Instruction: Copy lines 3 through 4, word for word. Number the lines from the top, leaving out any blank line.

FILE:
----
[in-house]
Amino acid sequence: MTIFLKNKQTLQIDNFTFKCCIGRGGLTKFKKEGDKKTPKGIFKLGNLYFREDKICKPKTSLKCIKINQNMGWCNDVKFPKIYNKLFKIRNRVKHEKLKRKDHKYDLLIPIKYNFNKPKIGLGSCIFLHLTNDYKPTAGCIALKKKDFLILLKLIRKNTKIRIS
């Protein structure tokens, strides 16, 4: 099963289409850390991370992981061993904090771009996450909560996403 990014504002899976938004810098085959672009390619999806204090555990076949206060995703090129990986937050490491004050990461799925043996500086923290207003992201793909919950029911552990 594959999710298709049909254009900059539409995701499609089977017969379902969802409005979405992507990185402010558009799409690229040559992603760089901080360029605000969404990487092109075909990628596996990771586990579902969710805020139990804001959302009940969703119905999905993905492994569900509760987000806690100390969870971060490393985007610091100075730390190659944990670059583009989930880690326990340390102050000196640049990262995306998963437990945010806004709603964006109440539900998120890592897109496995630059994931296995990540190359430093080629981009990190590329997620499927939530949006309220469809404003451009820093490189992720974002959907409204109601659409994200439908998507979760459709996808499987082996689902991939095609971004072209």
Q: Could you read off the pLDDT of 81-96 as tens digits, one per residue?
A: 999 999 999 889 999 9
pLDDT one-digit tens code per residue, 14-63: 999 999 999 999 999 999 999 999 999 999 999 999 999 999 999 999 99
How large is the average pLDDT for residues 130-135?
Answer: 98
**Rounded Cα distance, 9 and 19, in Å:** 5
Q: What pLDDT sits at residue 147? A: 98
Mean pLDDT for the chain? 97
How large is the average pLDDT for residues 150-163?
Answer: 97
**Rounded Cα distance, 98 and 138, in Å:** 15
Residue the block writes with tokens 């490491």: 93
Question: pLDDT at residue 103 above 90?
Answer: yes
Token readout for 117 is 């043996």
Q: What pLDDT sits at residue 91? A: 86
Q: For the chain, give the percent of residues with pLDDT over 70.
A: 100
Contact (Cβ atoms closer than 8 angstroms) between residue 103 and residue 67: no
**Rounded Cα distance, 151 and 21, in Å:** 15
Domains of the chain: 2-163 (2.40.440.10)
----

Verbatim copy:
């Protein structure tokens, strides 16, 4: 099963289409850390991370992981061993904090771009996450909560996403 990014504002899976938004810098085959672009390619999806204090555990076949206060995703090129990986937050490491004050990461799925043996500086923290207003992201793909919950029911552990 594959999710298709049909254009900059539409995701499609089977017969379902969802409005979405992507990185402010558009799409690229040559992603760089901080360029605000969404990487092109075909990628596996990771586990579902969710805020139990804001959302009940969703119905999905993905492994569900509760987000806690100390969870971060490393985007610091100075730390190659944990670059583009989930880690326990340390102050000196640049990262995306998963437990945010806004709603964006109440539900998120890592897109496995630059994931296995990540190359430093080629981009990190590329997620499927939530949006309220469809404003451009820093490189992720974002959907409204109601659409994200439908998507979760459709996808499987082996689902991939095609971004072209």
Q: Could you read off the pLDDT of 81-96 as tens digits, one per residue?